Car Accident Fault Determination

Determining fault (liability, negligence) in a motor vehicle accident may seem like a cut and dry situation because the person that caused the accident is normally assumed to be the negligent party. However, many times it can be extremely difficult to determine the at fault party. To complicate matters further, there are multiple entities such as law enforcement, insurance companies and the court system that all must make their own determination as to whom is responsible for the accident. Below we will examine how each entity determines fault in a motor vehicle collision.

Normally, the first interaction you have besides gathering information from the other party involved in the collision is with law enforcement. The police officer at the scene will interview both the drivers and witnesses and survey the scene until they believe that they have gathered enough information to determine fault. Once the officer has completed this process, they will then decide who is the responsible party and submit a police report. However, just because the police officer has concluded which party is at fault, it does not necessarily mean that the other driver will be held legally responsible for damages caused by the collision.

At some point after the collision, you will be in contact with your own insurance company or possibly the other driver’s insurance company. It is important to remember that no insurance company, even your own, is ever truly looking out for your best interest. So, always be aware that anything you tell an insurance company that is not helpful to your claim, can and will be used against you. After speaking to all the parties involved in the collision, the insurance companies will determine who was at fault for the accident. When it comes to fault determination usually it is decided that one party or the other will be determined to be at fault, however, this is not always the case. Sometimes insurance companies will assign fault among some or all the drivers involved in the collision including you. Thus, if the other party caused the collision, you must clearly and consistently relay that information to the insurance company and never waver from that fact.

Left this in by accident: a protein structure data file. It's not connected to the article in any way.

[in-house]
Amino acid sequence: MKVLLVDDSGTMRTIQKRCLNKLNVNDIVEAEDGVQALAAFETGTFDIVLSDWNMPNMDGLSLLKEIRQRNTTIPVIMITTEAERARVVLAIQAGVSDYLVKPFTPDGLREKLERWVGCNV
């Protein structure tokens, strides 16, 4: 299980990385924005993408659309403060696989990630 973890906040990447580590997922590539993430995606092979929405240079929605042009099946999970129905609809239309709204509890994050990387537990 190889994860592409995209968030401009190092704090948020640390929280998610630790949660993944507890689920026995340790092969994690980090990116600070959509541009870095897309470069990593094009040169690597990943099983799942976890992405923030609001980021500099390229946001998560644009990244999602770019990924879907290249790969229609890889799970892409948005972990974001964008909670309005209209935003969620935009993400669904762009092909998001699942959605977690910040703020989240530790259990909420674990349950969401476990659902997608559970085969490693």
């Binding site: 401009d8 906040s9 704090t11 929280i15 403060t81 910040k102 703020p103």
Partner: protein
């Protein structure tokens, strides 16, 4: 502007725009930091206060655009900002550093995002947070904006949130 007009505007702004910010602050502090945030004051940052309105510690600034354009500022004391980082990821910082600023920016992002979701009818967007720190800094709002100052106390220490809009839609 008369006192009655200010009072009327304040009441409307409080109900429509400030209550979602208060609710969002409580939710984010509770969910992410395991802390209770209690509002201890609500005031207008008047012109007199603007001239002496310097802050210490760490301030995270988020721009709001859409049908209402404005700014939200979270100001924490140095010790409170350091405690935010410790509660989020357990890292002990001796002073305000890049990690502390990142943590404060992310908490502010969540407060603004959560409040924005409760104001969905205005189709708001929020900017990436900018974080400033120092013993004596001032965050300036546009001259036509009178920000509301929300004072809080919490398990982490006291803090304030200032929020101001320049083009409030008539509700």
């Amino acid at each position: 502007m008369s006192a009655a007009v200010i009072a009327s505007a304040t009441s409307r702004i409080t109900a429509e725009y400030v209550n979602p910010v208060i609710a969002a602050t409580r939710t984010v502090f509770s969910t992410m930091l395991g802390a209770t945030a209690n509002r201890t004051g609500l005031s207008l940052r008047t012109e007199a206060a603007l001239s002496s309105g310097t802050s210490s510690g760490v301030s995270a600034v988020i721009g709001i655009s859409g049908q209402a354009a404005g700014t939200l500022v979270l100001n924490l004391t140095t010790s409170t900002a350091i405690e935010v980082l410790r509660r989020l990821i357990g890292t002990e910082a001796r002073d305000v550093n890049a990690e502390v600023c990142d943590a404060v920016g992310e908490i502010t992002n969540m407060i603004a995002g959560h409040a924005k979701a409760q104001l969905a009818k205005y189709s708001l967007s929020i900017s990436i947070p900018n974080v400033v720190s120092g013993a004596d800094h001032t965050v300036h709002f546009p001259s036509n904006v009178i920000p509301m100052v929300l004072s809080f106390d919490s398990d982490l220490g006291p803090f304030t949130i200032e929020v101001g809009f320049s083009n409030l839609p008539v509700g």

At any point during the determination of fault process it may be necessary to hire an attorney. As a rule, the earlier you involve an attorney, the better protected your rights will be throughout the process as they will be able to guild you through the traps and pitfalls that arise. For example, if you hire an attorney after fault has been determined by the insurance company, the attorney may contact the insurance company and discuss how they arrived at their liability decision as well as adding any statements or other evidence they have obtained in support of your position. Your attorney is there to represent your interests and present evidence that supports your position when it comes to all aspects of your claim including fault determination.

It is important to remember that police reports and insurance companies’ decisions as to fault ARE NOT legally binding determinations of negligence or fault. Only the court can make the final and legal determination of fault in a collision. Ultimately, if an agreement cannot be reached as to whom is at fault for a collision it will be up to a judge or jury to make that determination.

If you have been injured in a motor vehicle accident and are going through this process, it may be time to speak with a qualified attorney. An experienced personal injury attorney will not only be able to protect your rights but will also be there to help and guide you through the claims process as well as any litigation or a trial concerning the collision.

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